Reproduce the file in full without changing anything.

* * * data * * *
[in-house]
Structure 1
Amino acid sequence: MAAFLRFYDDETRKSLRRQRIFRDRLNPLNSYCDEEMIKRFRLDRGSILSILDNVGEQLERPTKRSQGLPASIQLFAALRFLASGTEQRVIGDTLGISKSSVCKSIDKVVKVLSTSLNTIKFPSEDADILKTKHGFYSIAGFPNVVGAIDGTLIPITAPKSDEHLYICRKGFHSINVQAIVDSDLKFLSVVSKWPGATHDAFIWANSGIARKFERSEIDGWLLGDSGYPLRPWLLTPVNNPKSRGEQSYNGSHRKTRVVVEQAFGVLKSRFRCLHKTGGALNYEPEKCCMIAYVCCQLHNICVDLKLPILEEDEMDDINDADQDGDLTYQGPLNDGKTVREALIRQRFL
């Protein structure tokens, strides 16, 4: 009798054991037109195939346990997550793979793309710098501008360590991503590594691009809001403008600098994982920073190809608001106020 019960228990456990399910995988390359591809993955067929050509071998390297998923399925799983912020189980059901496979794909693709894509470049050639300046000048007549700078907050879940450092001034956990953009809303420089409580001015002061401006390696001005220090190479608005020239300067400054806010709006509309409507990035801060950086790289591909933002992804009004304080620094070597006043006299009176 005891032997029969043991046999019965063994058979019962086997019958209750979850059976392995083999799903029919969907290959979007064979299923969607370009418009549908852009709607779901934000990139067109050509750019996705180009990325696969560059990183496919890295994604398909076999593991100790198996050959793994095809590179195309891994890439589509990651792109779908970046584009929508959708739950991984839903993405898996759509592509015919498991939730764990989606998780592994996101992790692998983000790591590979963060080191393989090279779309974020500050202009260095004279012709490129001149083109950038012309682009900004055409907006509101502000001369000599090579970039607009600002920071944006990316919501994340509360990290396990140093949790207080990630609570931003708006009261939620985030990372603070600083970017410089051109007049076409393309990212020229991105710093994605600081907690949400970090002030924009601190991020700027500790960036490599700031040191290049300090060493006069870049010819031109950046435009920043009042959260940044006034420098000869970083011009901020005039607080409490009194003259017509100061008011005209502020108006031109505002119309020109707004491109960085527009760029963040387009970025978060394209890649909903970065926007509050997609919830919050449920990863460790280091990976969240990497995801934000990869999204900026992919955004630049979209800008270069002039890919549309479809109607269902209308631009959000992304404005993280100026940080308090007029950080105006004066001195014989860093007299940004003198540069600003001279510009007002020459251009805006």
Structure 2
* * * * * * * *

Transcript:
[in-house]
Structure 1
Amino acid sequence: MAAFLRFYDDETRKSLRRQRIFRDRLNPLNSYCDEEMIKRFRLDRGSILSILDNVGEQLERPTKRSQGLPASIQLFAALRFLASGTEQRVIGDTLGISKSSVCKSIDKVVKVLSTSLNTIKFPSEDADILKTKHGFYSIAGFPNVVGAIDGTLIPITAPKSDEHLYICRKGFHSINVQAIVDSDLKFLSVVSKWPGATHDAFIWANSGIARKFERSEIDGWLLGDSGYPLRPWLLTPVNNPKSRGEQSYNGSHRKTRVVVEQAFGVLKSRFRCLHKTGGALNYEPEKCCMIAYVCCQLHNICVDLKLPILEEDEMDDINDADQDGDLTYQGPLNDGKTVREALIRQRFL
């Protein structure tokens, strides 16, 4: 009798054991037109195939346990997550793979793309710098501008360590991503590594691009809001403008600098994982920073190809608001106020 019960228990456990399910995988390359591809993955067929050509071998390297998923399925799983912020189980059901496979794909693709894509470049050639300046000048007549700078907050879940450092001034956990953009809303420089409580001015002061401006390696001005220090190479608005020239300067400054806010709006509309409507990035801060950086790289591909933002992804009004304080620094070597006043006299009176 005891032997029969043991046999019965063994058979019962086997019958209750979850059976392995083999799903029919969907290959979007064979299923969607370009418009549908852009709607779901934000990139067109050509750019996705180009990325696969560059990183496919890295994604398909076999593991100790198996050959793994095809590179195309891994890439589509990651792109779908970046584009929508959708739950991984839903993405898996759509592509015919498991939730764990989606998780592994996101992790692998983000790591590979963060080191393989090279779309974020500050202009260095004279012709490129001149083109950038012309682009900004055409907006509101502000001369000599090579970039607009600002920071944006990316919501994340509360990290396990140093949790207080990630609570931003708006009261939620985030990372603070600083970017410089051109007049076409393309990212020229991105710093994605600081907690949400970090002030924009601190991020700027500790960036490599700031040191290049300090060493006069870049010819031109950046435009920043009042959260940044006034420098000869970083011009901020005039607080409490009194003259017509100061008011005209502020108006031109505002119309020109707004491109960085527009760029963040387009970025978060394209890649909903970065926007509050997609919830919050449920990863460790280091990976969240990497995801934000990869999204900026992919955004630049979209800008270069002039890919549309479809109607269902209308631009959000992304404005993280100026940080308090007029950080105006004066001195014989860093007299940004003198540069600003001279510009007002020459251009805006």
Structure 2